The ₹300-crore loan at the heart of the RBL Bank mystery | Mint

The 300-crore loan at the heart of the RBL Bank mystery

 Photo: Mint
 Photo: Mint


Loan was written off within seven months of being sanctioned

MUMBAI : A 300-crore loan that was written off within seven months of being sanctioned has emerged as the key reason for the banking regulator’s sudden intervention in private lender RBL Bank, two people directly aware of the development said.

RBL Bank made the loan to a company as part of a consortium of lenders in 2018, and RBI has been seeking details about the bank’s loan portfolio from risk department for the past few months, the people said, requesting anonymity. Details about the borrower could not be immediately ascertained.

“RBI had not explicitly red-flagged any particular transaction, but sensing that things were amiss, some board members of RBL Bank decided to meet deputy governor Rajeshwar Rao on 29 November to seek clarity, but they did not get any inkling of what RBI was planning," one of the two people said.

Alarm bells
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Alarm bells

Things, however, came to a head when RBI sent a letter on 24 December stating that it had appointed its chief general manager Yogesh Dayal on the bank’s board.

In the 25 December board meeting, Dayal said the continuation of chief executive Vishwavir Ahuja has become untenable, and RBI would have no choice but to supersede the board, as it did in the case of Yes Bank and Lakshmi Vilas Bank, if Ahuja did not step down immediately. Notably, in June, RBI had approved the reappointment of Ahuja for a year instead of the three-year term sought by the bank. According to regulations, RBI can supersede a bank’s board under Section 36 ACA of the Banking Regulation Act, 1949, but only after consultations with the Centre. “It can do so if RBI is satisfied that it will be in public interest or for preventing affairs of any bank being conducted in a manner detrimental to the interest of depositors, among others," said Avinash Khard, a partner at law firm DSK Legal.

Emails sent to RBL Bank chairman Prakash Chandra, and RBI’s Dayal remained unanswered. Vishwavir Ahuja did not respond to calls or texts seeking comment. An RBL Bank spokesperson said, “as a matter of policy, we don’t offer comments on speculations and also on any privileged communication."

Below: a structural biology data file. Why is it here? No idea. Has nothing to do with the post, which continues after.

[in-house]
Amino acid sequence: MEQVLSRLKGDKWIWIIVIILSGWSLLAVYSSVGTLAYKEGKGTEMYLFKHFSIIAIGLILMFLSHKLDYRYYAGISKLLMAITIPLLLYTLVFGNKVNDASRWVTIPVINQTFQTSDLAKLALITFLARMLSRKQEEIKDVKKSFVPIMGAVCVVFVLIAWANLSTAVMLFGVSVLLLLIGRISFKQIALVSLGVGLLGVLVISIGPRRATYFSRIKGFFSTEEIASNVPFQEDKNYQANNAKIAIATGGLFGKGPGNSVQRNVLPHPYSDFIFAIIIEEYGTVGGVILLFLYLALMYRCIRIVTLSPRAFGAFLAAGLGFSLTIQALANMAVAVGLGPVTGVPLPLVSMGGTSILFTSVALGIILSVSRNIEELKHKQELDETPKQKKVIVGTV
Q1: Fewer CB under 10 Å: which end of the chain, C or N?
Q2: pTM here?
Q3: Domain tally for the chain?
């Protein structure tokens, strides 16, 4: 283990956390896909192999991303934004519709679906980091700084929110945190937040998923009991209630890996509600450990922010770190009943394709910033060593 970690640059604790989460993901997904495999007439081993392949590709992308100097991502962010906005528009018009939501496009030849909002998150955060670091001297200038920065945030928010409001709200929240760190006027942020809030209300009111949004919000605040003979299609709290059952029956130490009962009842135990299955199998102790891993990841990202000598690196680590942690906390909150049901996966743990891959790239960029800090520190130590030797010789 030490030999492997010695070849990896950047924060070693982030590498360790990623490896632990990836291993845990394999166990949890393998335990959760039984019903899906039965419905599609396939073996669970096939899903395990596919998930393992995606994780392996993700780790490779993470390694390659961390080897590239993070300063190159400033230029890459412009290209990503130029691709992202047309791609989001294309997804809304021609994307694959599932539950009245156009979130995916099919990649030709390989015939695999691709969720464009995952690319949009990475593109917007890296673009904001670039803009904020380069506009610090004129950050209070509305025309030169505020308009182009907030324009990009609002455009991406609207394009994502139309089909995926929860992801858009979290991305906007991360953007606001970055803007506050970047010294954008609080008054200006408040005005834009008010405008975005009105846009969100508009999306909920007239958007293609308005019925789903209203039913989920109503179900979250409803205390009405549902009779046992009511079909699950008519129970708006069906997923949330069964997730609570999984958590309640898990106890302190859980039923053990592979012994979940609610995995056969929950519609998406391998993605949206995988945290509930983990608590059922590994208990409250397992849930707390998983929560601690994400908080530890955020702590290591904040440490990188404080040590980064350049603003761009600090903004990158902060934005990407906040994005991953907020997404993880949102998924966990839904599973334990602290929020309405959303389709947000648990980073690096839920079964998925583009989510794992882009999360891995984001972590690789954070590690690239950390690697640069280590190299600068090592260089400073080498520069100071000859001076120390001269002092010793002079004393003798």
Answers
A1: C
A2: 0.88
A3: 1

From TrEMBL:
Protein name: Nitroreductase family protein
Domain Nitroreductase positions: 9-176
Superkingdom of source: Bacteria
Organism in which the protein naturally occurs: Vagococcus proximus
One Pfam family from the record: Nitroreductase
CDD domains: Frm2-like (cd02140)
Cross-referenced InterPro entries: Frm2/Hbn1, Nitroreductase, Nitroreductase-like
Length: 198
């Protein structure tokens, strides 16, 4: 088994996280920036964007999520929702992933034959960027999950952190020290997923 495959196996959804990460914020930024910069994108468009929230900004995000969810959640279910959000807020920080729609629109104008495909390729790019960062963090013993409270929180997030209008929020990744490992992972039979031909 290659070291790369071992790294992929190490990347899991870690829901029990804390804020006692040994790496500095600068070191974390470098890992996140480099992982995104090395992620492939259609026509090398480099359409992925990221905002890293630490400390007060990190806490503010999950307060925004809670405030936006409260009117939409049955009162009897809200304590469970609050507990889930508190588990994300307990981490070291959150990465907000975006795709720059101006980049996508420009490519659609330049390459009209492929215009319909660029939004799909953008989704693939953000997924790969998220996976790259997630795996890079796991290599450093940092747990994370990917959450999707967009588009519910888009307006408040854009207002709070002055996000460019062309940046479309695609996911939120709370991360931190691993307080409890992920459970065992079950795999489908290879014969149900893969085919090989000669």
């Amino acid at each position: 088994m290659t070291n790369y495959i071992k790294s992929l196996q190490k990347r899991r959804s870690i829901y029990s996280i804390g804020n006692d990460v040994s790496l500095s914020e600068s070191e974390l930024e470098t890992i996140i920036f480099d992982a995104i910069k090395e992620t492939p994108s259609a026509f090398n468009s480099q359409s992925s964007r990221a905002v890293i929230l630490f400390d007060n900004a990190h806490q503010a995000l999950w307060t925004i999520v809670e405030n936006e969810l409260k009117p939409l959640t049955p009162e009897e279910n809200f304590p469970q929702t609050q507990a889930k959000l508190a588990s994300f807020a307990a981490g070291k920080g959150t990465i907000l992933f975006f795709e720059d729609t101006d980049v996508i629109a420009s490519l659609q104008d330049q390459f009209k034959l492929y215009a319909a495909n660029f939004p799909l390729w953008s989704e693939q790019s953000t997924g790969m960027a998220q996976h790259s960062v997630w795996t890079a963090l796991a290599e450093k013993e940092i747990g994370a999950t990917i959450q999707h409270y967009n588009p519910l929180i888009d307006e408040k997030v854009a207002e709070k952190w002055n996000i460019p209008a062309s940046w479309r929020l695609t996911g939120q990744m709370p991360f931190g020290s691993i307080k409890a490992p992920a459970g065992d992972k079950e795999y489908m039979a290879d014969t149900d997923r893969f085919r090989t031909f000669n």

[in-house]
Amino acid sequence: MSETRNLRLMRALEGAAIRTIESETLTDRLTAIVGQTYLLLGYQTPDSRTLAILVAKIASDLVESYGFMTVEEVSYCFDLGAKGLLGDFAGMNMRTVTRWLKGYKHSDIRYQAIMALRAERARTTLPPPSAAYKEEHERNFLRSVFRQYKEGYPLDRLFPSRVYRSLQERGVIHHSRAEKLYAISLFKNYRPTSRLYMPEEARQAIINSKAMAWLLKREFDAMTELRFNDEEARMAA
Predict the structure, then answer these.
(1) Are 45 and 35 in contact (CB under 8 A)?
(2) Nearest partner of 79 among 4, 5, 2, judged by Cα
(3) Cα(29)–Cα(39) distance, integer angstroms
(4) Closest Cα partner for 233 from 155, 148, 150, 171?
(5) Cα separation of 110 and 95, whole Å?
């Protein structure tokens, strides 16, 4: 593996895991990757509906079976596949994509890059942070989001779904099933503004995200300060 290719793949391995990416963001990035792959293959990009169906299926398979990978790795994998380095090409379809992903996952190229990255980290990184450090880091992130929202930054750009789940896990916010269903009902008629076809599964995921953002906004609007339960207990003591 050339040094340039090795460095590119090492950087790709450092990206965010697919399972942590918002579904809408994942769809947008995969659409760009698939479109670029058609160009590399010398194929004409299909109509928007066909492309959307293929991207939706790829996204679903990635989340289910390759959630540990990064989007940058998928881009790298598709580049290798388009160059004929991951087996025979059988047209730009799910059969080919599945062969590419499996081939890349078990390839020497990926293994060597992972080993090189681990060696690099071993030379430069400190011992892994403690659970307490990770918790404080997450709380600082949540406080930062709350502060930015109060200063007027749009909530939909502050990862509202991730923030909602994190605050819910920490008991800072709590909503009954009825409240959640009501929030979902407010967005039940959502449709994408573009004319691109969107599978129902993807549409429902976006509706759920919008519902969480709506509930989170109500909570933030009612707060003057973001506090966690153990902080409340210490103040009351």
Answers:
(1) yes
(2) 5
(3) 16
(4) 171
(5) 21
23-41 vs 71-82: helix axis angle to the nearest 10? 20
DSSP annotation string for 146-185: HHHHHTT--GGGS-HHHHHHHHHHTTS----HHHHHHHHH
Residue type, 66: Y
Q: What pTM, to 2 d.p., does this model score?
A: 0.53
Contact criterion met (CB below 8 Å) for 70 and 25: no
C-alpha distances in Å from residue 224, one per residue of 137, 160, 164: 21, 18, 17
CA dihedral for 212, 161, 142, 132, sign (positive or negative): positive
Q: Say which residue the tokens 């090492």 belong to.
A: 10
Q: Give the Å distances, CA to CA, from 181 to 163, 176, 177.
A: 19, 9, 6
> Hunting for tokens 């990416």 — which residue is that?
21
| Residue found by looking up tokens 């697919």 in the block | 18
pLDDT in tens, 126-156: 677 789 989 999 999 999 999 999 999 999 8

Dayal told the board that Ahuja had to leave by the end of Saturday. “When he was asked if it could wait till Monday, Dayal said it had to be done immediately. The board had little choice but to let him go on medical grounds," said one of the two people. RBL Bank shares fell as much as 23% in intraday trading on Monday after the developments over the weekend left investors baffled. On Saturday evening, in two separate statements, the bank said RBI had appointed Dayal as an additional director and that chief executive Ahuja would go on immediate leave.

Once the stock reacted on Monday, RBI assuaged concerns of depositors and shareholders, saying the private lender’s financial health remains stable, and there is no reason for depositors and other stakeholders to react to speculative reports. “Since the reason for RBI coming on board cannot be made public at this stage, it was decided that the bank management would talk about the bank’s performance in numbers. The idea was to tell investors that the bank is financially stable and, fortunately, RBI backed that in its press release on Monday," the second person said.

RBL Bank did face asset quality issues, but its interim CEO Rajeev Ahuja said on Sunday that while bad loans had peaked in the quarter to September, the next three months should be better. Bad loans as a percentage of total advances rose to 5.4% as of 30 September, up from 4.34% as of 31 March.

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